Flora Unveiled: The Discovery and Denial of Sex in Plants. Lincoln Taiz and Lee Taiz. Oxford University Press, 2017.
Living in the 21st century with easy access to knowledge – and its various fake versions – on the internet and our seeming sophistication and all-knowingness, it’s hard to appreciate times gone by when we humans knew so much less. Take for instance the notion that plants engage in sexual reproduction. This truth seems so commonplace and widely known nowadays that to imagine a time when this was quite a heretical concept is almost unimaginable. But, that’s what Taiz and Taiz’s Flora Unveiled invites us to do. In that book, this eminently botanically-aware duo – one of whom is a co-author of the highly-regarded and widely-used plant biology textbook Plant Physiology and Development – show in meticulous detail how the realisation that plants engage in sexual congress was painstakingly accumulated over thousands of years to arrive at our present-day acceptance of this as an everyday fact of life.
Flora Unveiled is certainly a book for the botanically-inclined. But it’s much, much more than a plant biology text. Details of the mechanics of plant sex can be gleaned from standard biology texts nowadays, but that’s just the destination. What Flora Unveiled does is take us on a journey of gradual enlightenment from early attempts to probe the sexuality of plants to show how we came to accept the fact that plants have sex. To achieve this feat, the scope of Flora Unveiled extends from the Upper Palaeolithic (c. 40,000 years ago) to the post-Darwinian 20th century. Along the way it has a great deal to say about religions, archaeology, ancient history, philosophy and the influential Greek philosophers, the one-sex model of plants, the development of agriculture, the practice of science, the importance of plant hybrids, the central role of microscopy and the far-sightedness genius of the otherwise short-sighted Wilhelm Hofmeister in discovering plant’s all-important alternation of generations, and the important 19th century’s contributions of Charles Darwin and Gregor Mendel to a true appreciation of the relevance of plant sex. Flora Unveiled is a remarkable book of great vision, reach and accomplishment.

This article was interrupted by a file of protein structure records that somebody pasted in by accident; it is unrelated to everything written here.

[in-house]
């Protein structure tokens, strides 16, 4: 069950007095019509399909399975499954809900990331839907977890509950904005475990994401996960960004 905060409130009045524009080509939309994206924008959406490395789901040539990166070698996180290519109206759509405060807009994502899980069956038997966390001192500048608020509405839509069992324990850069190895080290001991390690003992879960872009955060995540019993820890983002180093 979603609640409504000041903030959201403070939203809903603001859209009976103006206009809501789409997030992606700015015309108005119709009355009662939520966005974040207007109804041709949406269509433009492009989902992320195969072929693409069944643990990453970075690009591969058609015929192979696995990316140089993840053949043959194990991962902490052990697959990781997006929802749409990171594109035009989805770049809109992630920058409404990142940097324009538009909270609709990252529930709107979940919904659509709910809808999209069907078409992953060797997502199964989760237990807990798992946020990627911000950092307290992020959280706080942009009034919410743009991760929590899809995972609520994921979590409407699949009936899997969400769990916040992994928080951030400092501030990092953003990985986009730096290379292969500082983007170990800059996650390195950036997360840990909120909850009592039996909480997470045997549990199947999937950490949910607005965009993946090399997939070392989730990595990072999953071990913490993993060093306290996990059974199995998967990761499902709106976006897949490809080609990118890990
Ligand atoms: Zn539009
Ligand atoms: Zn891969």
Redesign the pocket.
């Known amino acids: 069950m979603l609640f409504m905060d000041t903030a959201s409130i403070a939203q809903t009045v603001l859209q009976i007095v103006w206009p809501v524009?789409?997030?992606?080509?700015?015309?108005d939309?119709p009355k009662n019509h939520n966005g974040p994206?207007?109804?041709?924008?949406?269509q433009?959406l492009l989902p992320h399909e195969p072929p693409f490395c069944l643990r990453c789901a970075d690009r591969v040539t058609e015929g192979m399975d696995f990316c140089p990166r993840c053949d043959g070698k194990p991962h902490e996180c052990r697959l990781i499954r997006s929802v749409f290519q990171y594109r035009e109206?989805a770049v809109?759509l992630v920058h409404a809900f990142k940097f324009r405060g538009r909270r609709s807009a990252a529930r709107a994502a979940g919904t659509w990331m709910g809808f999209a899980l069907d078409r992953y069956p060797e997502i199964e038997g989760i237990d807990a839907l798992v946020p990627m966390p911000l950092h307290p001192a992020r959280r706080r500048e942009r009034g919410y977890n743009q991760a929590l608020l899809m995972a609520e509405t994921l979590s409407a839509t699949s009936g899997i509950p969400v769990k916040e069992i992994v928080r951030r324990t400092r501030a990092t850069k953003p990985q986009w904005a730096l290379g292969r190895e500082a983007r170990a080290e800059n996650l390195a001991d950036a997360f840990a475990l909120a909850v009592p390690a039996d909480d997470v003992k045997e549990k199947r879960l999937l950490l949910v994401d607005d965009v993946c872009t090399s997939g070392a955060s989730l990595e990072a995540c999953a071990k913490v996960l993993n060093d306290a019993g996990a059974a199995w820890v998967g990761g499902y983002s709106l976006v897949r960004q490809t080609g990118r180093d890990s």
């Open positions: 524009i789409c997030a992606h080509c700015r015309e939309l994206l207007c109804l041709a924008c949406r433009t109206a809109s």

With such tremendous breadth of scope, and drawing upon so many different subject areas, Flora Unveiled is not the easiest of reads; you do have to work at it to get the most out of it. But, to persist is to be richly rewarded with a tale that has many twists and turns and which is reminiscent of a modern-day detective story. And that is probably the way to think of Flora Unveiled – as a forensic piecing together of evidence that led to the unavoidable, indisputable confirmation that plants have sex. This is a story I was barely aware of: It’s all too easy to think that today’s commonplace facts arrived spontaneously, fully-formed overnight. But that is not the case. And, to be reminded of the difficult birth of the concept of plant sexual reproduction, is to be made aware of the cumulative nature of scientific knowledge – which sobering reminder does us all good. It’s also a cautionary tale that lays bare the blinkered attitudes of some of the world’s most famous plant scientists and philosophers who oftentimes twisted facts to accord with their own preconceived ideas. In particular, it tells of adherence to incorrect notions by some of the greatest scientists of times past – even those who can in other regards be remarkable perceptive and insightful and co-found such ground-breaking concepts as the Cell Theory(!). Still, scientists are only human, and it’s not always easy being objective and dispassionate (especially when and where sex is concerned…).
Flora Unveiled is not only a scholarly work of great erudition, it is a true labour of love, and deserves to be read by all (not just the plant-minded). The authors are to be congratulated in giving us such an accomplished botanical detective story.